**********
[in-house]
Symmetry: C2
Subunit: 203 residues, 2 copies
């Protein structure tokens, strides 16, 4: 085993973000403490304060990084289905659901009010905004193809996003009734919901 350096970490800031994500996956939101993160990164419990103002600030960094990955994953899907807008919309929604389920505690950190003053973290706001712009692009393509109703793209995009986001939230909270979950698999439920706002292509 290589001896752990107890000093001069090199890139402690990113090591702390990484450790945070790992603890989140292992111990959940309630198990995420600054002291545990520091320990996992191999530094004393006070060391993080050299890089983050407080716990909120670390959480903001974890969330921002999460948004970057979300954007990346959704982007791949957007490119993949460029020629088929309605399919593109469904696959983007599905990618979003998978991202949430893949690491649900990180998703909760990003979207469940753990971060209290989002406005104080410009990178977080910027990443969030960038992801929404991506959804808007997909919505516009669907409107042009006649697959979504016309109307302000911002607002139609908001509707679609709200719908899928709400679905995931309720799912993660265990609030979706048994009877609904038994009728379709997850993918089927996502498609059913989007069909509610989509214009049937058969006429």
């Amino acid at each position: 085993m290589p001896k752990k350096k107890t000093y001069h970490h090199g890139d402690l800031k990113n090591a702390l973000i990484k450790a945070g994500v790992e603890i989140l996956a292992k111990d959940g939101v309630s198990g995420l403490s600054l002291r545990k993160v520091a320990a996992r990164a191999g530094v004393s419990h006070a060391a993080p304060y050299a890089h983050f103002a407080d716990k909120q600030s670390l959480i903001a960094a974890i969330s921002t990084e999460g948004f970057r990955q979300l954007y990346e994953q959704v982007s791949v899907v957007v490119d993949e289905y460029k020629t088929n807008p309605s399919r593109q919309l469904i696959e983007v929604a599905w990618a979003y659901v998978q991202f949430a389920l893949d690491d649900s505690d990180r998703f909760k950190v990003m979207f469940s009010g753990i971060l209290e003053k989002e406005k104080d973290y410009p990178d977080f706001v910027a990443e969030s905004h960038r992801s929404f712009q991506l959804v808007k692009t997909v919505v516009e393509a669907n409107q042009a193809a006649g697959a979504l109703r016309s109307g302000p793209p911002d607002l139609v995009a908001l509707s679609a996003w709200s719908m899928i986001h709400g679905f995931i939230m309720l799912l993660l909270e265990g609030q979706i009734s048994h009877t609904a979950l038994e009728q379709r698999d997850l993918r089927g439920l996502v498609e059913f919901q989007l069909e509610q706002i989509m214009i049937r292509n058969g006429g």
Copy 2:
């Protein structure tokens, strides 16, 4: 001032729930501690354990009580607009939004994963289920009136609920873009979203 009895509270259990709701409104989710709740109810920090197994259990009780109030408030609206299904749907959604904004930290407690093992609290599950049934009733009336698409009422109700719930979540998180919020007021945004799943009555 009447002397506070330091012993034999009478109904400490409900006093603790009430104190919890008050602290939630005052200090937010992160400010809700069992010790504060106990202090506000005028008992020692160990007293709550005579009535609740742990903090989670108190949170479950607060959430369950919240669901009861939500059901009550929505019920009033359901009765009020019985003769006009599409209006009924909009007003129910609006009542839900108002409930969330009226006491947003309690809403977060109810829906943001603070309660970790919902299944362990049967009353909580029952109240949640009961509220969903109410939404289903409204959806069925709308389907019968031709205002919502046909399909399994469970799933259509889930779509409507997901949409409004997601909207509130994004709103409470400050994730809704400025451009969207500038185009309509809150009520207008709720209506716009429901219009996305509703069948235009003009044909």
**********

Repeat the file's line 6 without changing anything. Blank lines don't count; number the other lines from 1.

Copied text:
Copy 2: